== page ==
A flash from the past – the Saab Turbo 16 with Saab Direct Ignition (SDI) from 1985.
The engine could release of a burst of sparks to burn away moisture on the spark plug electrodes if the engine fails to start first time from cold – a flash indeed.
Sometimes we all need a little reminder – Saab Direct Ignition is a capacitor discharge ignition system developed by Saab Automobile, then known as Saab-Scania, and Mecel AB during the 1980s. It was first shown in 1985 and put into series production in the Saab 9000 in 1988. This system has been revised several times over the years.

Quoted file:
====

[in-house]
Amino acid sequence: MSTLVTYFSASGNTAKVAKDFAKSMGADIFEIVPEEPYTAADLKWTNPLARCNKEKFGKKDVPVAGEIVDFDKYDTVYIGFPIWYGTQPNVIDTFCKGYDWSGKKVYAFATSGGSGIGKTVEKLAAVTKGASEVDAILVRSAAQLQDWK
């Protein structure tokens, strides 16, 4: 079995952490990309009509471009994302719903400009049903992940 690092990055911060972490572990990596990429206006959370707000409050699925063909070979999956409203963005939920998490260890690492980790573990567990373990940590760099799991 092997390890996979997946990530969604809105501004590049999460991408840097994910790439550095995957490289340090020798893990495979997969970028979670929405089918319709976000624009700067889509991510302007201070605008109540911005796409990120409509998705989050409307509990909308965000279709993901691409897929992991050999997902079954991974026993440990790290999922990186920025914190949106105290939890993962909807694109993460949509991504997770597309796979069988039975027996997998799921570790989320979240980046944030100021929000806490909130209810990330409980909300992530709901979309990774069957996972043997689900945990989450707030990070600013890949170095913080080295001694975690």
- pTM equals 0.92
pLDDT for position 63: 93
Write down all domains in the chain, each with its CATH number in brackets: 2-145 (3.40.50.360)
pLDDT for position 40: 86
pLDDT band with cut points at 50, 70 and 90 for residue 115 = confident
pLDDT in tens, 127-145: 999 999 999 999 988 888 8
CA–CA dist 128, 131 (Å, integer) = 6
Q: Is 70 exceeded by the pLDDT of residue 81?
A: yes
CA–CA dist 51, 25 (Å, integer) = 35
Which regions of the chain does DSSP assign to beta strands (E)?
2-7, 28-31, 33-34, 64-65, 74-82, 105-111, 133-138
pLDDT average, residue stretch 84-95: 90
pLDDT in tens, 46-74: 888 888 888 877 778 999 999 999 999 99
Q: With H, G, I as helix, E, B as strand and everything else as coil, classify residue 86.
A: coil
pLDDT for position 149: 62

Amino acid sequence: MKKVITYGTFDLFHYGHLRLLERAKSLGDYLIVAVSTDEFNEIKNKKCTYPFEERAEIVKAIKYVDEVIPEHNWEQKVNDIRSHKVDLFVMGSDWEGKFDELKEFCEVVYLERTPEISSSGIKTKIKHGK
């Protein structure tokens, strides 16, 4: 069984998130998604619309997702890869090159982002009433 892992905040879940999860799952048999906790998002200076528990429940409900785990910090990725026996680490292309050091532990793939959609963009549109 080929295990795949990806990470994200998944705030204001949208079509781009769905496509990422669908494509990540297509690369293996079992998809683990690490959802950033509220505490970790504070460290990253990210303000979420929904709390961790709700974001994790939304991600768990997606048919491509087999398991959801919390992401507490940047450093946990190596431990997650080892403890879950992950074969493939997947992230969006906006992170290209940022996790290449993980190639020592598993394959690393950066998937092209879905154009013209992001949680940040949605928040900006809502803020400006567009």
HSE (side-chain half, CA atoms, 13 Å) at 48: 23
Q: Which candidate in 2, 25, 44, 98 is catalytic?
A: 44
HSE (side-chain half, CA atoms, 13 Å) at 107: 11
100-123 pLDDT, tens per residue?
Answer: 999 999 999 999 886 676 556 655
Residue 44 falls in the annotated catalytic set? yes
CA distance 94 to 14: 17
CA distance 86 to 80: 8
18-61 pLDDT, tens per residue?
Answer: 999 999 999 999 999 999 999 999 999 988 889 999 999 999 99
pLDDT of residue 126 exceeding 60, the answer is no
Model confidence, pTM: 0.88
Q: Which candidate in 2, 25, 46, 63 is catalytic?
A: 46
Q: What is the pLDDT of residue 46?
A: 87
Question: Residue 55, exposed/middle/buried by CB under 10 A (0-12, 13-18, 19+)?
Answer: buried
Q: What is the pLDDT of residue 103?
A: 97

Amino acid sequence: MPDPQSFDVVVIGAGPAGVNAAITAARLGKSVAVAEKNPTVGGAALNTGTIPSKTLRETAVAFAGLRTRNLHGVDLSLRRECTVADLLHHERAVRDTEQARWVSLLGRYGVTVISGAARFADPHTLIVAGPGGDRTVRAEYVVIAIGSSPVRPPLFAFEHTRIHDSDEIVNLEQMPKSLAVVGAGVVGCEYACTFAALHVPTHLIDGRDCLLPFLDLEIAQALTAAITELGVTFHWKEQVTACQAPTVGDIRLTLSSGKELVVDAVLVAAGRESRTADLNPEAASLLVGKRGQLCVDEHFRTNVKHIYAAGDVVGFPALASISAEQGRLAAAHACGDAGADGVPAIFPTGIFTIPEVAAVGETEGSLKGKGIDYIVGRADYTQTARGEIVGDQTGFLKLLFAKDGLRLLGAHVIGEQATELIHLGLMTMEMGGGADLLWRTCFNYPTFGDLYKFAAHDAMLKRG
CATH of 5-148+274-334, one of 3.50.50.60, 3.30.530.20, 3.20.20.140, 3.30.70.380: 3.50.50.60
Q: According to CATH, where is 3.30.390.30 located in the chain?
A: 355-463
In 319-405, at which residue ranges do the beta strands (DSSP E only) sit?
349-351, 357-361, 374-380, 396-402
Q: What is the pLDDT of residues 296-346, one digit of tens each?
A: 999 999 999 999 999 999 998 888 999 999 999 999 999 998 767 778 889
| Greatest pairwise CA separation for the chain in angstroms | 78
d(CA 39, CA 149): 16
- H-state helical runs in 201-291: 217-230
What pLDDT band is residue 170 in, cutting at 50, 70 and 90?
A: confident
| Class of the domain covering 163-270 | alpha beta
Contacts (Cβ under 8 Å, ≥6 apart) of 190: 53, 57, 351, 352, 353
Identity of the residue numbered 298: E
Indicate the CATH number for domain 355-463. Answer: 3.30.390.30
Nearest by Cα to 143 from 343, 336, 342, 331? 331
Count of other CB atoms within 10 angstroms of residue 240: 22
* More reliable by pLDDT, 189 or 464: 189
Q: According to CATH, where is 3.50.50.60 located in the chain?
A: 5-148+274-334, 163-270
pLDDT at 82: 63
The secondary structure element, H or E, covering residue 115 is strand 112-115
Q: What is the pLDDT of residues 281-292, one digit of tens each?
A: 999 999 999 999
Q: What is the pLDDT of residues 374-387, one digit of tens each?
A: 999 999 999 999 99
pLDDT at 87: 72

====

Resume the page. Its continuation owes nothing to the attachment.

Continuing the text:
Engine builder John Nicholson also developed a Formula 3 engine from the B202, for use in a Reynard 853 chassis. This version one of the first to use Saab’s direct ignition system (SDI) and produced 165 HP (121 kW) at 5600 rpm.
The year 1984 saw the introduction of the 16-valve DOHC B202 engine in Europe. With a turbocharger and intercooler, it could produce 175 hp/129 kW in the Turbo 16 model (less for catalyst-equipped engines). The Turbo 16 Aero [designated SPG, Special Performance Group in North American Markets] had a body kit allowing the car to reach 210 km/h (130 mph).
This style of DI cassette never made it into production, instead the valve cover was changed to the Saab 900 OG sloped style cover and the cassette modified to fit.